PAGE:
Each year, the Environmental Working Group (EWG) releases its “Dirty Dozen” list of the fruits and vegetables that rank highest in pesticide residues. This year, strawberries top the list.
For the first time, strawberries outrank apples, which previously headed the list for 5 years running.
For the report, the EWG analyzed test results of more than 35,200 samples of fruits and vegetables taken by the USDA and the FDA. Nearly all of the non-organic strawberry samples – at least 98% – contained detectable levels of pesticides, with 47% having residues of 10 or more pesticides. Some of the strawberries were found to have residues from 17 different pesticides.
Some of the chemicals found on the strawberries have been linked to cancer, reproductive and developmental damage, hormone disruption, and neurological problems, according to the EWG.
“It is startling to see how heavily strawberries are contaminated with residues of hazardous pesticides, but even more shocking is that these residues don’t violate the weak U.S. laws and regulations on pesticides in food.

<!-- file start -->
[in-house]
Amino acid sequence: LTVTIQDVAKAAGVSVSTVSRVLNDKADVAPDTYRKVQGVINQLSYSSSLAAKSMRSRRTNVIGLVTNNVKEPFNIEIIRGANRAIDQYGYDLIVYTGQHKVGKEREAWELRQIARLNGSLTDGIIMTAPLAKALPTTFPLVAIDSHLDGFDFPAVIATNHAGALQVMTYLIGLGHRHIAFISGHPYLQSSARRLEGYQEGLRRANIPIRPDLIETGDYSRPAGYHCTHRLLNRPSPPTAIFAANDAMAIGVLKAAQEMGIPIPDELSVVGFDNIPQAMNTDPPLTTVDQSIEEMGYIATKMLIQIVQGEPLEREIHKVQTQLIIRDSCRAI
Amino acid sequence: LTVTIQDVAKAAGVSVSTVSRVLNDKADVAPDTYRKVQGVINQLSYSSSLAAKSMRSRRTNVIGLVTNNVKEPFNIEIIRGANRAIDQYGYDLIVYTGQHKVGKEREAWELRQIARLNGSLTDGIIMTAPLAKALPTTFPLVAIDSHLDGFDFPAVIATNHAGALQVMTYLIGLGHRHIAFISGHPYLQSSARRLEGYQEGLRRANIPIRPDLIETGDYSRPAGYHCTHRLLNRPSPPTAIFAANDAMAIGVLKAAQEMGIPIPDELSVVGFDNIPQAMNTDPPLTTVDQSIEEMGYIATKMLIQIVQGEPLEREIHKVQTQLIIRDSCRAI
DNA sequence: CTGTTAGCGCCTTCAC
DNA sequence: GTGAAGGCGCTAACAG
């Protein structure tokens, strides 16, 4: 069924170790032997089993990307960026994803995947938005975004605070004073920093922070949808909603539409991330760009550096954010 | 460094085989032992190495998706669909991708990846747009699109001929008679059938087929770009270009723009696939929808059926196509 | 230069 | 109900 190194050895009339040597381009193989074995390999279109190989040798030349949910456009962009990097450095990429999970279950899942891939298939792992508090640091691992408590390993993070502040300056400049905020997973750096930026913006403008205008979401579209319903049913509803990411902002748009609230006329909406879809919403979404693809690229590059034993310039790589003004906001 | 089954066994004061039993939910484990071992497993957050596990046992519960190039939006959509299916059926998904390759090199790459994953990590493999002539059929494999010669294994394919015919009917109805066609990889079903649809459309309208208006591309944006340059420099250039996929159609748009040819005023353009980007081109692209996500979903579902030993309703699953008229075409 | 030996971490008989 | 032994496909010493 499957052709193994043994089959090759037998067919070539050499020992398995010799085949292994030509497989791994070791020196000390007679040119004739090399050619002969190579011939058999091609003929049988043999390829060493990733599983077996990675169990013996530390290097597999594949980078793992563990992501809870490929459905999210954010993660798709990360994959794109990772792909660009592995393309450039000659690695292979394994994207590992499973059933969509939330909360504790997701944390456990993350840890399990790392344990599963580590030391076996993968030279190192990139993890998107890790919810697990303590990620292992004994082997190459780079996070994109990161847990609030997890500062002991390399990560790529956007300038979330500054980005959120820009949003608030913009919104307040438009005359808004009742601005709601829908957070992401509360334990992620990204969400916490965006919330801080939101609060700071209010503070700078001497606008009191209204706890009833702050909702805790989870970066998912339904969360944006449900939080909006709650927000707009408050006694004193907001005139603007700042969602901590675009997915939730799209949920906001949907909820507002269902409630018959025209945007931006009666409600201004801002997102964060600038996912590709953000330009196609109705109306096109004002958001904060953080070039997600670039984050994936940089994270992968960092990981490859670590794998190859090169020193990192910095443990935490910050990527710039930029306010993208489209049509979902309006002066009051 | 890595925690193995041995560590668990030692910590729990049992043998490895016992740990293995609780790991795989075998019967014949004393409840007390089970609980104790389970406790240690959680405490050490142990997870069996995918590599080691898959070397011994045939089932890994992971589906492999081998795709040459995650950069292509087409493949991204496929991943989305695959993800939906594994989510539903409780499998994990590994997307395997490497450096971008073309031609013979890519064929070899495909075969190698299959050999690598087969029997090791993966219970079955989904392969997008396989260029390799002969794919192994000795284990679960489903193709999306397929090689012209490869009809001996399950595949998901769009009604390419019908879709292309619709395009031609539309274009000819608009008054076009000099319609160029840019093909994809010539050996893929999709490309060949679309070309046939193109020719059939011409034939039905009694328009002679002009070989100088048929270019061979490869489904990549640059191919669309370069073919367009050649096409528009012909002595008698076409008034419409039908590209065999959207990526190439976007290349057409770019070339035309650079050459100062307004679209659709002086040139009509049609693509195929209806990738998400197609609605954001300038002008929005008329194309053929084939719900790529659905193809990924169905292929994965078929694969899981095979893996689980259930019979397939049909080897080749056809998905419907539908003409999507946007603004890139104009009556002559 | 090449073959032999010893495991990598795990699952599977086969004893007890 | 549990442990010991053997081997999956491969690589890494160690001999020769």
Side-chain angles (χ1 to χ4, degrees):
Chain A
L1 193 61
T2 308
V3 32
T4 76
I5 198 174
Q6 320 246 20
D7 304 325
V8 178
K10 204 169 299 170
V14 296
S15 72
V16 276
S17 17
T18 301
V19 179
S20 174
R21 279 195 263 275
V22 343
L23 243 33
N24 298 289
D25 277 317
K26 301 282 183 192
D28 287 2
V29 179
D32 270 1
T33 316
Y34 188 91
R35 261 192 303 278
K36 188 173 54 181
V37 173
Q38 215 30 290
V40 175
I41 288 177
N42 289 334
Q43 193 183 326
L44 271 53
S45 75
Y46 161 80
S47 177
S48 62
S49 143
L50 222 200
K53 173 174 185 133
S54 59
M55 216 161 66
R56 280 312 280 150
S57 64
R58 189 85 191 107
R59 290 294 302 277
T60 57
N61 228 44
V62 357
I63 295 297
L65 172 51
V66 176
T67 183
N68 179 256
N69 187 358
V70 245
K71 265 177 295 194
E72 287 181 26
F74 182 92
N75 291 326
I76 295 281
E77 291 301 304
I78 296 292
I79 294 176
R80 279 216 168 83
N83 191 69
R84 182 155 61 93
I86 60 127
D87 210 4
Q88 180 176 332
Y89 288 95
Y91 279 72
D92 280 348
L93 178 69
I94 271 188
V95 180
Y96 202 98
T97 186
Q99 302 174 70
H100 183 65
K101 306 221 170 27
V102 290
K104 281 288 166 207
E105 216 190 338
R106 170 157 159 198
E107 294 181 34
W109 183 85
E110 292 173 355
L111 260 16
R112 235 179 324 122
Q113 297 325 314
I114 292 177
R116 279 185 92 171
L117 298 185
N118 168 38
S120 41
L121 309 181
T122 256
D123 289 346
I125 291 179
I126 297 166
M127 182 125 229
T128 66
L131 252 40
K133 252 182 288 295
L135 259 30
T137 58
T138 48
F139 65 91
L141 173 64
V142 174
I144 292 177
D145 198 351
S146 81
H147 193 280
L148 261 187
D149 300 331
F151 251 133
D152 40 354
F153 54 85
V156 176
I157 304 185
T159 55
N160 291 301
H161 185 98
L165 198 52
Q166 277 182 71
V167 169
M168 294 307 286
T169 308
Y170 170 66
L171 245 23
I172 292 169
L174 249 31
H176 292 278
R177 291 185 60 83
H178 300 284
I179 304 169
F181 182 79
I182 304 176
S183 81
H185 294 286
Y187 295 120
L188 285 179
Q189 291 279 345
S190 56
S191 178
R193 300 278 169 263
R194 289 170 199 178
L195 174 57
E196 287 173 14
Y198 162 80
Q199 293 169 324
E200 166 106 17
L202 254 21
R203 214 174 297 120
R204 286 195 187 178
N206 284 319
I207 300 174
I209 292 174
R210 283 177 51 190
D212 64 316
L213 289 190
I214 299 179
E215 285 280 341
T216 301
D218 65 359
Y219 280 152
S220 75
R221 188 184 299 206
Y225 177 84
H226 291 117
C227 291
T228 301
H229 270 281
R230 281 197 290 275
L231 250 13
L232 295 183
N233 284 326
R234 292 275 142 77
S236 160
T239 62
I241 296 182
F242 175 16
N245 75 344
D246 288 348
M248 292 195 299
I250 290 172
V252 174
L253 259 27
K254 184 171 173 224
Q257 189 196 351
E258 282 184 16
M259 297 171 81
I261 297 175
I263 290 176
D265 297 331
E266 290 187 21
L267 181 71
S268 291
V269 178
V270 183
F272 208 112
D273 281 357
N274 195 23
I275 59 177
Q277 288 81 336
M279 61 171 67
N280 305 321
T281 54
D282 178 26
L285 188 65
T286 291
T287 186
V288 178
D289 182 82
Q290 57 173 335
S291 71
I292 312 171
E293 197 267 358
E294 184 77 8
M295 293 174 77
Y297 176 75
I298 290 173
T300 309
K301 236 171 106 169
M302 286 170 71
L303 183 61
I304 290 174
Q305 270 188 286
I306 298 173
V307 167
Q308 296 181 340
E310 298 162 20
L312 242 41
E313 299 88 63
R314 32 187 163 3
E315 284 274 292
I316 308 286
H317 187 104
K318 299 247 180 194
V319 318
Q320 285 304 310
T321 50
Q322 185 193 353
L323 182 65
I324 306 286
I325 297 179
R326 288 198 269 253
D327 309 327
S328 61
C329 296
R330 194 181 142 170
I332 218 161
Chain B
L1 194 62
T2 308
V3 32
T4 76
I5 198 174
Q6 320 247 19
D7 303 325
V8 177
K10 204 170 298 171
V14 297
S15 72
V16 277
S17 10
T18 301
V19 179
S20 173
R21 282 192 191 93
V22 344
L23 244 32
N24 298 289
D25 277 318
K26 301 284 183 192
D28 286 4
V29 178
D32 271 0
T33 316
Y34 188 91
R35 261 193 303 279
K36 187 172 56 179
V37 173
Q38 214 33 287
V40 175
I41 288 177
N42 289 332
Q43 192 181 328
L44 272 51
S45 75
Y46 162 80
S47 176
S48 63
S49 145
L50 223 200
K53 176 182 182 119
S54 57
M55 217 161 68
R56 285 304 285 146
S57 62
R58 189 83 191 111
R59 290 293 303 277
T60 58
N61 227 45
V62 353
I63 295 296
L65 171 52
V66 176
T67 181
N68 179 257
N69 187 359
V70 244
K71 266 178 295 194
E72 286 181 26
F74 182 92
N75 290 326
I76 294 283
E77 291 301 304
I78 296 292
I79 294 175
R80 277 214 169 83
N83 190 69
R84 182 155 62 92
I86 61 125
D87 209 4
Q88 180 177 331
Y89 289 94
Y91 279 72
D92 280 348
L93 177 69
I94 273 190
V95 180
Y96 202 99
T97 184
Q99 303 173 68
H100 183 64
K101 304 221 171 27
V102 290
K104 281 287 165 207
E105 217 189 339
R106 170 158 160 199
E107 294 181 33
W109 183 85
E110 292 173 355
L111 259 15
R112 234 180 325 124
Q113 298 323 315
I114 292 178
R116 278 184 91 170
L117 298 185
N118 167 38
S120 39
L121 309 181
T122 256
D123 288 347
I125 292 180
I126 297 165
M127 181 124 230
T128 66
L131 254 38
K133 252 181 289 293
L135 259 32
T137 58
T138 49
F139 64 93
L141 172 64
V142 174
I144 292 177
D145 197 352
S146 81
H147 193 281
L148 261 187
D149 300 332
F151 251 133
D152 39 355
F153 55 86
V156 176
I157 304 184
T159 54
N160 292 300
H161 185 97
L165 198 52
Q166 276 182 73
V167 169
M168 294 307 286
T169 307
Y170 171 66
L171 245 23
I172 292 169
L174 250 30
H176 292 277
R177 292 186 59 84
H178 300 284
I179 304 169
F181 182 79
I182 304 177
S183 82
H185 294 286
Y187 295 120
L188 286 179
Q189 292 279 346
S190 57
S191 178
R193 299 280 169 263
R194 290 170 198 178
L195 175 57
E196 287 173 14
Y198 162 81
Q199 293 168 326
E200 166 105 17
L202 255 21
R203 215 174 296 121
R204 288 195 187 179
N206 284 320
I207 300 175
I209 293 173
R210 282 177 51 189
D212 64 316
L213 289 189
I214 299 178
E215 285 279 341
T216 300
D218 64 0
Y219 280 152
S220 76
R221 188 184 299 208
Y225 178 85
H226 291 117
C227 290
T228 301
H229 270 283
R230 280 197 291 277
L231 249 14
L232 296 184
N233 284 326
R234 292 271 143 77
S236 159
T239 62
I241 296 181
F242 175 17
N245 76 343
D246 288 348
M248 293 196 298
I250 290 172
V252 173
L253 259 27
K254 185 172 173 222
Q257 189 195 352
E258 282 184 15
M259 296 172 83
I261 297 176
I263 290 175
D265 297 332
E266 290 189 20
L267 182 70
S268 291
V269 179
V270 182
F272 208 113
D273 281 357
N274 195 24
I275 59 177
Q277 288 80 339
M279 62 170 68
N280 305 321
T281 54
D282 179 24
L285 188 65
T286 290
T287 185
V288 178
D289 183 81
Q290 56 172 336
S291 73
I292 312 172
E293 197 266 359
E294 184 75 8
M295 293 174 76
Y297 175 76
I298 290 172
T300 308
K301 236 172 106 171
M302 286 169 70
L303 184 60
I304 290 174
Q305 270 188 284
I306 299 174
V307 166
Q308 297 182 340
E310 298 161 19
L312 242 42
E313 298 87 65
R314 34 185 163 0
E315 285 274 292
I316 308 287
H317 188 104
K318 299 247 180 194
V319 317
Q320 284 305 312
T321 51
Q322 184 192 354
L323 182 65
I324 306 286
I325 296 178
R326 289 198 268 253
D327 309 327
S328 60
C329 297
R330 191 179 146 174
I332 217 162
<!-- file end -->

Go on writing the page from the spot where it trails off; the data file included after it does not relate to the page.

The EPA’s levels of residues allowed on produce are too lax to protect Americans’ health. They should be updated to reflect new research that shows even very small doses of toxic chemicals can be harmful, particularly for young children.”
2016’s Dirty Dozen
The full list includes:
- Sweet bell peppers
- Cherry tomatoes
More than 98% of strawberries, peaches, nectarines, and apples tested positive for at least 1 pesticide residue. EWG said the average potato had more pesticides by weight than any other produce.
The group also reportedly said that while hot peppers and leafy greens like kale and collard greens didn’t meet the criteria to be ranked on the list, toxic insecticides were found on some of the samples.
The EPA tried to assure the public that the fruits and vegetables on the “Dirty Dozen” list are perfectly safe to eat. The agency said on its website:
“We perform dietary risk assessments to ensure that all tolerances established for each pesticide are safe. These assessments account for the fact that the diets of infants and children may be quite different from those of adults and that they consume more food for their size than adults.”
In a statement to CNN, the Alliance for Food and Farming took issue with the EWG’s report, referring to a 2011 study in the Journal of Toxicology that disputed the methodology of a 2010 EWG report. The alliance emphasized that “residues do not pose a safety concern.”
“Fruits and vegetables are important for your health. But for those on the Dirty Dozen, we recommend buying the organic versions if you want to avoid pesticides on your food. You can feel confident that conventionally grown fruits and veggies on the Clean Fifteen list have very little pesticide contamination.”
2016’s Clean Fifteen
Which fruits and vegetables made the Clean Fifteen, you ask? Take a look:
- Sweet corn
- Sweet peas (frozen)
- Honeydew melon